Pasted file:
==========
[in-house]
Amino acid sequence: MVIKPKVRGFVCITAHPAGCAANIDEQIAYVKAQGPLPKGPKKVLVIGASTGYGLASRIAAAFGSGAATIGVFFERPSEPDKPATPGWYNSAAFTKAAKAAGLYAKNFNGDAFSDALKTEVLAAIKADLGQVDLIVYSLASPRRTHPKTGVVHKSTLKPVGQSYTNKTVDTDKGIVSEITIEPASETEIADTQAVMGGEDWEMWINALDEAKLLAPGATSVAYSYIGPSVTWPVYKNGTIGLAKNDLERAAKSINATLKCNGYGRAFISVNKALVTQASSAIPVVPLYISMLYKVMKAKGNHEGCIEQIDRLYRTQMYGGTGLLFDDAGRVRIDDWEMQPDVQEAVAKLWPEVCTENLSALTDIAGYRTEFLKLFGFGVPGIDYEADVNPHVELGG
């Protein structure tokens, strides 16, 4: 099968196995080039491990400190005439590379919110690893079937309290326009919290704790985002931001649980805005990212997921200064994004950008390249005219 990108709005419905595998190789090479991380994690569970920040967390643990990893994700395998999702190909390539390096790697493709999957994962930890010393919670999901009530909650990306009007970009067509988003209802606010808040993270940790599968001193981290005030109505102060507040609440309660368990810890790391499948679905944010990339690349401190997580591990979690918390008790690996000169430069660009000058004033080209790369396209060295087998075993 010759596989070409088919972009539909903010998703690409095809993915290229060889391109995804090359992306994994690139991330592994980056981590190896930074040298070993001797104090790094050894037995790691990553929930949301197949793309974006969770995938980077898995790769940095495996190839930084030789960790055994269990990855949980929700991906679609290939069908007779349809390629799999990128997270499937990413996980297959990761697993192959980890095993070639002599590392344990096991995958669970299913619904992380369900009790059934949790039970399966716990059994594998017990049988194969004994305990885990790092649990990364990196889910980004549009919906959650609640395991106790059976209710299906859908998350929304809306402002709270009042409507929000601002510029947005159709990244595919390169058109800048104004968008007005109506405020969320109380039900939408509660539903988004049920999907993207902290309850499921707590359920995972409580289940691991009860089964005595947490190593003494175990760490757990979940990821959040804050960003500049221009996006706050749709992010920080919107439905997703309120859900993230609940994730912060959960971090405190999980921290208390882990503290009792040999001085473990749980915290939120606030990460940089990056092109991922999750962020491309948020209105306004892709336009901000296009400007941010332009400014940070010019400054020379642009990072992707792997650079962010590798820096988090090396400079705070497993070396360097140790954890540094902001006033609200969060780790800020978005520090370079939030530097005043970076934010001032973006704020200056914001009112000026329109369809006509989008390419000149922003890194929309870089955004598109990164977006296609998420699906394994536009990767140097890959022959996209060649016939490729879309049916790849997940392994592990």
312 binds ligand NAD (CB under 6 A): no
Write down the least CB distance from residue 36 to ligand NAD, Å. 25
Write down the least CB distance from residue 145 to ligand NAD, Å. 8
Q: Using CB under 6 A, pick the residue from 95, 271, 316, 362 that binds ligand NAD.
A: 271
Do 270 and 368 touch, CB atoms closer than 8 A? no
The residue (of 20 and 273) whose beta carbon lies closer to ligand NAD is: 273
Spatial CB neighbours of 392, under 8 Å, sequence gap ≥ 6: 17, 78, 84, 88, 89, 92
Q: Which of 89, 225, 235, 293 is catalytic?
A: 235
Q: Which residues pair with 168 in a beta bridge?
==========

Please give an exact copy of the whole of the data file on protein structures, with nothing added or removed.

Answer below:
[in-house]
Amino acid sequence: MVIKPKVRGFVCITAHPAGCAANIDEQIAYVKAQGPLPKGPKKVLVIGASTGYGLASRIAAAFGSGAATIGVFFERPSEPDKPATPGWYNSAAFTKAAKAAGLYAKNFNGDAFSDALKTEVLAAIKADLGQVDLIVYSLASPRRTHPKTGVVHKSTLKPVGQSYTNKTVDTDKGIVSEITIEPASETEIADTQAVMGGEDWEMWINALDEAKLLAPGATSVAYSYIGPSVTWPVYKNGTIGLAKNDLERAAKSINATLKCNGYGRAFISVNKALVTQASSAIPVVPLYISMLYKVMKAKGNHEGCIEQIDRLYRTQMYGGTGLLFDDAGRVRIDDWEMQPDVQEAVAKLWPEVCTENLSALTDIAGYRTEFLKLFGFGVPGIDYEADVNPHVELGG
């Protein structure tokens, strides 16, 4: 099968196995080039491990400190005439590379919110690893079937309290326009919290704790985002931001649980805005990212997921200064994004950008390249005219 990108709005419905595998190789090479991380994690569970920040967390643990990893994700395998999702190909390539390096790697493709999957994962930890010393919670999901009530909650990306009007970009067509988003209802606010808040993270940790599968001193981290005030109505102060507040609440309660368990810890790391499948679905944010990339690349401190997580591990979690918390008790690996000169430069660009000058004033080209790369396209060295087998075993 010759596989070409088919972009539909903010998703690409095809993915290229060889391109995804090359992306994994690139991330592994980056981590190896930074040298070993001797104090790094050894037995790691990553929930949301197949793309974006969770995938980077898995790769940095495996190839930084030789960790055994269990990855949980929700991906679609290939069908007779349809390629799999990128997270499937990413996980297959990761697993192959980890095993070639002599590392344990096991995958669970299913619904992380369900009790059934949790039970399966716990059994594998017990049988194969004994305990885990790092649990990364990196889910980004549009919906959650609640395991106790059976209710299906859908998350929304809306402002709270009042409507929000601002510029947005159709990244595919390169058109800048104004968008007005109506405020969320109380039900939408509660539903988004049920999907993207902290309850499921707590359920995972409580289940691991009860089964005595947490190593003494175990760490757990979940990821959040804050960003500049221009996006706050749709992010920080919107439905997703309120859900993230609940994730912060959960971090405190999980921290208390882990503290009792040999001085473990749980915290939120606030990460940089990056092109991922999750962020491309948020209105306004892709336009901000296009400007941010332009400014940070010019400054020379642009990072992707792997650079962010590798820096988090090396400079705070497993070396360097140790954890540094902001006033609200969060780790800020978005520090370079939030530097005043970076934010001032973006704020200056914001009112000026329109369809006509989008390419000149922003890194929309870089955004598109990164977006296609998420699906394994536009990767140097890959022959996209060649016939490729879309049916790849997940392994592990």
312 binds ligand NAD (CB under 6 A): no
Write down the least CB distance from residue 36 to ligand NAD, Å. 25
Write down the least CB distance from residue 145 to ligand NAD, Å. 8
Q: Using CB under 6 A, pick the residue from 95, 271, 316, 362 that binds ligand NAD.
A: 271
Do 270 and 368 touch, CB atoms closer than 8 A? no
The residue (of 20 and 273) whose beta carbon lies closer to ligand NAD is: 273
Spatial CB neighbours of 392, under 8 Å, sequence gap ≥ 6: 17, 78, 84, 88, 89, 92
Q: Which of 89, 225, 235, 293 is catalytic?
A: 235
Q: Which residues pair with 168 in a beta bridge?